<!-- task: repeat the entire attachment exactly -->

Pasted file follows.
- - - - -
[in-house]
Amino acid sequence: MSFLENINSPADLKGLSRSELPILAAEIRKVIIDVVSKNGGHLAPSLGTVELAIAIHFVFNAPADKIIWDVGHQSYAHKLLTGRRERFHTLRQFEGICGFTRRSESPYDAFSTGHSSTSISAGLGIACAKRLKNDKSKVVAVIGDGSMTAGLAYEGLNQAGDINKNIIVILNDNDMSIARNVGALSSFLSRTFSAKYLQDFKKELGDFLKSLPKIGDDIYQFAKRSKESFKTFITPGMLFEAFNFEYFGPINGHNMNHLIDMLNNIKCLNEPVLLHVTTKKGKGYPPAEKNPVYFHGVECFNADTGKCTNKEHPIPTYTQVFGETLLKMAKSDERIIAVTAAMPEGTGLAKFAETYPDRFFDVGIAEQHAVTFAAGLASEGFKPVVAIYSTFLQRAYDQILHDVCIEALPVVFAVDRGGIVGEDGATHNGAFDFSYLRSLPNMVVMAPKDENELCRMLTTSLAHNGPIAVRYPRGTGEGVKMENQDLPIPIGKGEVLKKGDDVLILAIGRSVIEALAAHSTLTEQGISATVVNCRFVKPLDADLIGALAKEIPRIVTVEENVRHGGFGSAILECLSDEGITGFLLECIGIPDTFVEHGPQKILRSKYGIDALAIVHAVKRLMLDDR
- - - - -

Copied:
[in-house]
Amino acid sequence: MSFLENINSPADLKGLSRSELPILAAEIRKVIIDVVSKNGGHLAPSLGTVELAIAIHFVFNAPADKIIWDVGHQSYAHKLLTGRRERFHTLRQFEGICGFTRRSESPYDAFSTGHSSTSISAGLGIACAKRLKNDKSKVVAVIGDGSMTAGLAYEGLNQAGDINKNIIVILNDNDMSIARNVGALSSFLSRTFSAKYLQDFKKELGDFLKSLPKIGDDIYQFAKRSKESFKTFITPGMLFEAFNFEYFGPINGHNMNHLIDMLNNIKCLNEPVLLHVTTKKGKGYPPAEKNPVYFHGVECFNADTGKCTNKEHPIPTYTQVFGETLLKMAKSDERIIAVTAAMPEGTGLAKFAETYPDRFFDVGIAEQHAVTFAAGLASEGFKPVVAIYSTFLQRAYDQILHDVCIEALPVVFAVDRGGIVGEDGATHNGAFDFSYLRSLPNMVVMAPKDENELCRMLTTSLAHNGPIAVRYPRGTGEGVKMENQDLPIPIGKGEVLKKGDDVLILAIGRSVIEALAAHSTLTEQGISATVVNCRFVKPLDADLIGALAKEIPRIVTVEENVRHGGFGSAILECLSDEGITGFLLECIGIPDTFVEHGPQKILRSKYGIDALAIVHAVKRLMLDDR